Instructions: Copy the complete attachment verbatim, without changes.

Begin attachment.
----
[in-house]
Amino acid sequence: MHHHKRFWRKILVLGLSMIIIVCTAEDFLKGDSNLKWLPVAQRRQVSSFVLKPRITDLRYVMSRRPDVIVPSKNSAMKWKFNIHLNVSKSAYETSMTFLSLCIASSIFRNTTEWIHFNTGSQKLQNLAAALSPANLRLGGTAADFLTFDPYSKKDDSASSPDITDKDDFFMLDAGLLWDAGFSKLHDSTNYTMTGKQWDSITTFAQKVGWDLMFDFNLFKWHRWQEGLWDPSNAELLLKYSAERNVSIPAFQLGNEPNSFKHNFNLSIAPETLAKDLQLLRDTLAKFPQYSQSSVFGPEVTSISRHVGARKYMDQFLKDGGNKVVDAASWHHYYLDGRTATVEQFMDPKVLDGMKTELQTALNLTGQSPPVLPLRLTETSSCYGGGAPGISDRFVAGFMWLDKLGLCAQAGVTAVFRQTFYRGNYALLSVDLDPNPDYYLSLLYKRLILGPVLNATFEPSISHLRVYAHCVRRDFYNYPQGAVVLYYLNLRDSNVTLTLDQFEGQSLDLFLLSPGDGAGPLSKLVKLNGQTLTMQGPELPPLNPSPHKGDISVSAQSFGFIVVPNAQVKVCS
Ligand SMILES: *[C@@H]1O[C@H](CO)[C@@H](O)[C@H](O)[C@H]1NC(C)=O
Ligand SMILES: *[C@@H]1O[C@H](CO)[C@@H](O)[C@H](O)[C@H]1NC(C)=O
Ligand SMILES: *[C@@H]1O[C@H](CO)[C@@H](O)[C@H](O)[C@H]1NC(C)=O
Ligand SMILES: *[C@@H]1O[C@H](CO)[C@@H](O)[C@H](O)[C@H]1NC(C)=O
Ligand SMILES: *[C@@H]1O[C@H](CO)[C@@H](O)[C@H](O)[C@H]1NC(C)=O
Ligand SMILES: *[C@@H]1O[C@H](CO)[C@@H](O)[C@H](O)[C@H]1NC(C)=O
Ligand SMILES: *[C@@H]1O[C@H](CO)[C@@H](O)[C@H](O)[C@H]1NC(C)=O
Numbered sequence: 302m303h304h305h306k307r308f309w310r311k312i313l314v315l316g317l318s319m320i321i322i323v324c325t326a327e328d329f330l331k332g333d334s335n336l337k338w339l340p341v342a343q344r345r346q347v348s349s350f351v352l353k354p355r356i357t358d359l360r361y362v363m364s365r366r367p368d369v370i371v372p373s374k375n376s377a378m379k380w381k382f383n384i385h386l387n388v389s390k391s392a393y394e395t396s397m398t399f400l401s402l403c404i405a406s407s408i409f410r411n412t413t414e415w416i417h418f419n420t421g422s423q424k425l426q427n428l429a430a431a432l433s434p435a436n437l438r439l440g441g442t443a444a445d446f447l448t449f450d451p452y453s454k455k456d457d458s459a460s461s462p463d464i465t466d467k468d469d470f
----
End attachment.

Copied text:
[in-house]
Amino acid sequence: MHHHKRFWRKILVLGLSMIIIVCTAEDFLKGDSNLKWLPVAQRRQVSSFVLKPRITDLRYVMSRRPDVIVPSKNSAMKWKFNIHLNVSKSAYETSMTFLSLCIASSIFRNTTEWIHFNTGSQKLQNLAAALSPANLRLGGTAADFLTFDPYSKKDDSASSPDITDKDDFFMLDAGLLWDAGFSKLHDSTNYTMTGKQWDSITTFAQKVGWDLMFDFNLFKWHRWQEGLWDPSNAELLLKYSAERNVSIPAFQLGNEPNSFKHNFNLSIAPETLAKDLQLLRDTLAKFPQYSQSSVFGPEVTSISRHVGARKYMDQFLKDGGNKVVDAASWHHYYLDGRTATVEQFMDPKVLDGMKTELQTALNLTGQSPPVLPLRLTETSSCYGGGAPGISDRFVAGFMWLDKLGLCAQAGVTAVFRQTFYRGNYALLSVDLDPNPDYYLSLLYKRLILGPVLNATFEPSISHLRVYAHCVRRDFYNYPQGAVVLYYLNLRDSNVTLTLDQFEGQSLDLFLLSPGDGAGPLSKLVKLNGQTLTMQGPELPPLNPSPHKGDISVSAQSFGFIVVPNAQVKVCS
Ligand SMILES: *[C@@H]1O[C@H](CO)[C@@H](O)[C@H](O)[C@H]1NC(C)=O
Ligand SMILES: *[C@@H]1O[C@H](CO)[C@@H](O)[C@H](O)[C@H]1NC(C)=O
Ligand SMILES: *[C@@H]1O[C@H](CO)[C@@H](O)[C@H](O)[C@H]1NC(C)=O
Ligand SMILES: *[C@@H]1O[C@H](CO)[C@@H](O)[C@H](O)[C@H]1NC(C)=O
Ligand SMILES: *[C@@H]1O[C@H](CO)[C@@H](O)[C@H](O)[C@H]1NC(C)=O
Ligand SMILES: *[C@@H]1O[C@H](CO)[C@@H](O)[C@H](O)[C@H]1NC(C)=O
Ligand SMILES: *[C@@H]1O[C@H](CO)[C@@H](O)[C@H](O)[C@H]1NC(C)=O
Numbered sequence: 302m303h304h305h306k307r308f309w310r311k312i313l314v315l316g317l318s319m320i321i322i323v324c325t326a327e328d329f330l331k332g333d334s335n336l337k338w339l340p341v342a343q344r345r346q347v348s349s350f351v352l353k354p355r356i357t358d359l360r361y362v363m364s365r366r367p368d369v370i371v372p373s374k375n376s377a378m379k380w381k382f383n384i385h386l387n388v389s390k391s392a393y394e395t396s397m398t399f400l401s402l403c404i405a406s407s408i409f410r411n412t413t414e415w416i417h418f419n420t421g422s423q424k425l426q427n428l429a430a431a432l433s434p435a436n437l438r439l440g441g442t443a444a445d446f447l448t449f450d451p452y453s454k455k456d457d458s459a460s461s462p463d464i465t466d467k468d469d470f